One student got her mother to crack an egg on each tyre before they took their test, which another complete lunatic spent the last lesson parking up and standing on drain covers every time they spotted them in pairs.
In the case of the latter, you might think they failed their test for being a complete nuisance on the road, but alas, both eggy wheels and drain coverist both passed their tests. Feel free to complain about the quality of driving these days, compared specifically to when you got your licence.
Learner driver Will Law, aged 17, is hoping it is his skill behind the wheel that gets him his licence: ”I’m not superstitious at all. I have never been. I could see why people would do those little things before their test because it’s quite nerve-wracking and intense I guess for many people.”
While Will Law sounds completely sane, his driving instructor believes in magic, specifically the kind of luck that is brought from a monkey toy. Mr Martin said: ”Monkey always sits in the back, and I always tell them monkey knows that they can pass and he is waiting for them to pass.”
“Other rituals I have is I always get them to book their test for the morning … usually 9.07am, sometimes 10.14am – whatever they feel comfortable with. If it works, it’s safe and you drive to the right specification to pass the test then you will pass whether it’s Friday the 13th, first thing on a Monday or last thing on a Friday.”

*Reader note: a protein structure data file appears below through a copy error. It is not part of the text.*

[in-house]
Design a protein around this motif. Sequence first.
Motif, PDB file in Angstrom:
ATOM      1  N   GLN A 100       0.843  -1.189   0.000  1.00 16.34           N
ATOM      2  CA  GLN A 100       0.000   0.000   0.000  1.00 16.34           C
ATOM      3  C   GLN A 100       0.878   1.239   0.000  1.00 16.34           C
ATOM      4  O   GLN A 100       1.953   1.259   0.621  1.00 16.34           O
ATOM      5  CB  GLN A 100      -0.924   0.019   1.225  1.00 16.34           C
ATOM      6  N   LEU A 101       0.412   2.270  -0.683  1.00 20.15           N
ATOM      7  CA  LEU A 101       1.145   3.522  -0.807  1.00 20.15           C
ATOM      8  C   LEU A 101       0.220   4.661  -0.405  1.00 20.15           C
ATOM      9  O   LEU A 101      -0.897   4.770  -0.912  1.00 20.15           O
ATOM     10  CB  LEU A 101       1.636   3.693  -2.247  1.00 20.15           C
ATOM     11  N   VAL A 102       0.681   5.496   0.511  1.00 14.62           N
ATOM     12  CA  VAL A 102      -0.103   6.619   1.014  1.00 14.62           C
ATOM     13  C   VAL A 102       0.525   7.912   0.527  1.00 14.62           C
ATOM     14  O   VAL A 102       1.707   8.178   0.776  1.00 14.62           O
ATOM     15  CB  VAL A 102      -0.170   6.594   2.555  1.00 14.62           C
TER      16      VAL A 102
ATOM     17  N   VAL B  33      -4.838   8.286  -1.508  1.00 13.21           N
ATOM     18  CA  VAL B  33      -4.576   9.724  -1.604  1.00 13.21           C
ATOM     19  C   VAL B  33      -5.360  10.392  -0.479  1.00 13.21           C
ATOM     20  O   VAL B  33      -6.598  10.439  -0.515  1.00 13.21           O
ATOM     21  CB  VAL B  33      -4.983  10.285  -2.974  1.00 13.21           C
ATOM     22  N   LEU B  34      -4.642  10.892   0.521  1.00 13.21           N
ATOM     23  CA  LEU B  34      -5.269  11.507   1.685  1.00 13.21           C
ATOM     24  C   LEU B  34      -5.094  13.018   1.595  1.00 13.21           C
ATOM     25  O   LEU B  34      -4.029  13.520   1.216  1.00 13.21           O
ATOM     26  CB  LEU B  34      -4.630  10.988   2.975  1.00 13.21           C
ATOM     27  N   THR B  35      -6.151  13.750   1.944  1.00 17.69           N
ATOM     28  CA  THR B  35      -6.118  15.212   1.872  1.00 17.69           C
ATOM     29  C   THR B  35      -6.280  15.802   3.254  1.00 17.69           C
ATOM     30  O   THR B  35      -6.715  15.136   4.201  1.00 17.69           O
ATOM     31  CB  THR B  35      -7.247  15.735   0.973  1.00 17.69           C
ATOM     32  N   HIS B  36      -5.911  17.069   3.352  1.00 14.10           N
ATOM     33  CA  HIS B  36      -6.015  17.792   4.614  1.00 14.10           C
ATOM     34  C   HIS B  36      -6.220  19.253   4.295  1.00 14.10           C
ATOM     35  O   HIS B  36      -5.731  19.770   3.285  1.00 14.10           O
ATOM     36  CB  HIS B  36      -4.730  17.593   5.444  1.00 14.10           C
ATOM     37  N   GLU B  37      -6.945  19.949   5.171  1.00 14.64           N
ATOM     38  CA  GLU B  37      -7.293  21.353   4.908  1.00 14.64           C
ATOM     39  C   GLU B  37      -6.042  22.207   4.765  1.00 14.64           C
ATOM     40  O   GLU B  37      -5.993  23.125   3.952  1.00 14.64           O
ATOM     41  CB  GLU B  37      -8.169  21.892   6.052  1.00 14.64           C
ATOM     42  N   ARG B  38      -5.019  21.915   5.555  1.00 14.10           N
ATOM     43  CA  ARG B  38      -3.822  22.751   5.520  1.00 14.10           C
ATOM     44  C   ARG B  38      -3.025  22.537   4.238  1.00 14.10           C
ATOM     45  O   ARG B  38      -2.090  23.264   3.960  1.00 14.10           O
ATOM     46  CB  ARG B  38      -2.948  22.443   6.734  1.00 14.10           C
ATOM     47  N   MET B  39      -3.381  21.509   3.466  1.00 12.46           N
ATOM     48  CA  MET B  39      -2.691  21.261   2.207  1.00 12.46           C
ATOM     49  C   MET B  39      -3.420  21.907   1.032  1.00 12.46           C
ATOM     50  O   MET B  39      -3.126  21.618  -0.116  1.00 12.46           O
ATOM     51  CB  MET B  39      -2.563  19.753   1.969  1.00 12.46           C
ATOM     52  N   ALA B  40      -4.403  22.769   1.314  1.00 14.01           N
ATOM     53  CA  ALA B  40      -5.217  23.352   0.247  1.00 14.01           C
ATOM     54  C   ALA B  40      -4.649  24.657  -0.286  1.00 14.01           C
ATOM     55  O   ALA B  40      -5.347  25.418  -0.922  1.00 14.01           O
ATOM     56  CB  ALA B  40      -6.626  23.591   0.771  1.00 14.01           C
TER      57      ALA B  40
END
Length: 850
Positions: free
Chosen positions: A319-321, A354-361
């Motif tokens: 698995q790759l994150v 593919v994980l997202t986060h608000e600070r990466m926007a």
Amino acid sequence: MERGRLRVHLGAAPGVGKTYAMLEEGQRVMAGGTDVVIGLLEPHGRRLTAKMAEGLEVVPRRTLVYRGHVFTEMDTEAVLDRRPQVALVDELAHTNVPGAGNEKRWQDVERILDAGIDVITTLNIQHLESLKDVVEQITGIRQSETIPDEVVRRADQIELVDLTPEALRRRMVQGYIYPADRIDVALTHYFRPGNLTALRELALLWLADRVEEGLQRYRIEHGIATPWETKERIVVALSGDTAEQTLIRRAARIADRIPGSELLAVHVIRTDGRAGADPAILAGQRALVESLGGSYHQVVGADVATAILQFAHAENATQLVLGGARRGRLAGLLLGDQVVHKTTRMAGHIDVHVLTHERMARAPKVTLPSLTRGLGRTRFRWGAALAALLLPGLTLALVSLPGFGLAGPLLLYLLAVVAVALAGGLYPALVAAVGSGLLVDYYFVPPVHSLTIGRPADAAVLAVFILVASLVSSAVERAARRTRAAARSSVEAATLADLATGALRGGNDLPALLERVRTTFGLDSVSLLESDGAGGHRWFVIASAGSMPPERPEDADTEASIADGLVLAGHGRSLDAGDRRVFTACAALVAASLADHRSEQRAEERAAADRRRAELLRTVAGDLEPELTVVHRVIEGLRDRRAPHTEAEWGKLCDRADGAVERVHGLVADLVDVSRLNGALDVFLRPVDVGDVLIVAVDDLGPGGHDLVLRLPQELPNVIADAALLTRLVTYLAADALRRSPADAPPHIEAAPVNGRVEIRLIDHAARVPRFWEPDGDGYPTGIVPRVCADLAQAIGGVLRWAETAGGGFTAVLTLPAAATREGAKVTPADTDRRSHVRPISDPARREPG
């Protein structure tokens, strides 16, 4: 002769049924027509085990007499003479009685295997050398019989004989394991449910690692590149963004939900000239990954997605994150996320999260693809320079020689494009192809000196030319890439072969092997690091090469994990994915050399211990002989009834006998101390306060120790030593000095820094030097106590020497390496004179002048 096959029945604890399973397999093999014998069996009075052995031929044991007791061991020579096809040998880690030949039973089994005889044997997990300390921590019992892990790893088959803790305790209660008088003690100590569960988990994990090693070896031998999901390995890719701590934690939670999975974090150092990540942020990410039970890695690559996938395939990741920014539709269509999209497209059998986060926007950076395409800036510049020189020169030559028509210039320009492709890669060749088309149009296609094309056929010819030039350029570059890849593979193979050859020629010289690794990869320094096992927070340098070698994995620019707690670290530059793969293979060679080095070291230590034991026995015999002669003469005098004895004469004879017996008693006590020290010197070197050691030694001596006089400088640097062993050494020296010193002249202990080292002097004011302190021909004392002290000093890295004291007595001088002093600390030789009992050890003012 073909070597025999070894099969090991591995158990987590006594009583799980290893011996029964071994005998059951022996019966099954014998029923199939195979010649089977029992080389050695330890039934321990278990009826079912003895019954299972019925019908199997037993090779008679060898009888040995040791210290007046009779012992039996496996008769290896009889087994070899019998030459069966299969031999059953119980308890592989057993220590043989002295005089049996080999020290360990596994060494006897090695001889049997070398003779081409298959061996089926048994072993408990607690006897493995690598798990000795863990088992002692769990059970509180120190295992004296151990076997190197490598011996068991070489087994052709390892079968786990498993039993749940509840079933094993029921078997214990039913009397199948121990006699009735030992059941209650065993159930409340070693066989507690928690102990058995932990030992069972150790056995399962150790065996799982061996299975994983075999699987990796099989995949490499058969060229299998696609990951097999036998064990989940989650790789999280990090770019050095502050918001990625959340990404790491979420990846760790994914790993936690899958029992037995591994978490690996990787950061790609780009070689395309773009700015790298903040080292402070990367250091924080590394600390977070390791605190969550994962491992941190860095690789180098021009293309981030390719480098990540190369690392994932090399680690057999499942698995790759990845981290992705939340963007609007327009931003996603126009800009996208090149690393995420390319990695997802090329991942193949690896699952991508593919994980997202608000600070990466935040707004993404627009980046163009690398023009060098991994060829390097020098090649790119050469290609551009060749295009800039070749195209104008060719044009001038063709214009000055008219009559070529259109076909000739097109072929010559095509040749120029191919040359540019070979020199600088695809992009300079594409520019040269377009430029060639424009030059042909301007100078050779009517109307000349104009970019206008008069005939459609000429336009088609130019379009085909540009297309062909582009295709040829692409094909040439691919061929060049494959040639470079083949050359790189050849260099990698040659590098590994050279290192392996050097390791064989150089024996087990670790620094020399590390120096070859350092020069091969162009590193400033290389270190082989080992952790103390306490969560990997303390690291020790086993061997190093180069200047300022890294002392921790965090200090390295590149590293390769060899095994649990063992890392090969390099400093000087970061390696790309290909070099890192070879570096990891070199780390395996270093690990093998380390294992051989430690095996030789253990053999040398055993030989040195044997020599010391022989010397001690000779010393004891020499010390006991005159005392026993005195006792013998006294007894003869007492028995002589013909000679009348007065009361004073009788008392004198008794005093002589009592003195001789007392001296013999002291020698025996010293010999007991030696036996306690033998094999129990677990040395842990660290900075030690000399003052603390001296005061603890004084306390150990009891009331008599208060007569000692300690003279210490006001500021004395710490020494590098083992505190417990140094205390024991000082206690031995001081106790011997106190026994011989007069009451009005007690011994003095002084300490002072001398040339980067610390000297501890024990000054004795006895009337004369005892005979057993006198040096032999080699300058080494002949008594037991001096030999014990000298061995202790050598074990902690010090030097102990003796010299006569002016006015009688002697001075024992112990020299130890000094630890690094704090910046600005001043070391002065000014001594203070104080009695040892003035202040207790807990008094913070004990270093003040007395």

Other people have done things like wave at magpies while driving, while one lady insisted on wearing a t-shirt she wore when she gave birth to her daughter – hopefully it was washed.
So there you have it – Britain is filled with people who crack raw eggs on wheels, wear placenta covered t-shirts and believe in the power of toy monkeys. No wonder we’re doomed.
If you’re going to text and drive at the same time, you may as well open a bottle of Jim Beam and down it at the lights. Yes, using your phone while driving poses more of a challenge to your concentration and judgment than drinking, according to a study by the Transport Research Laboratory.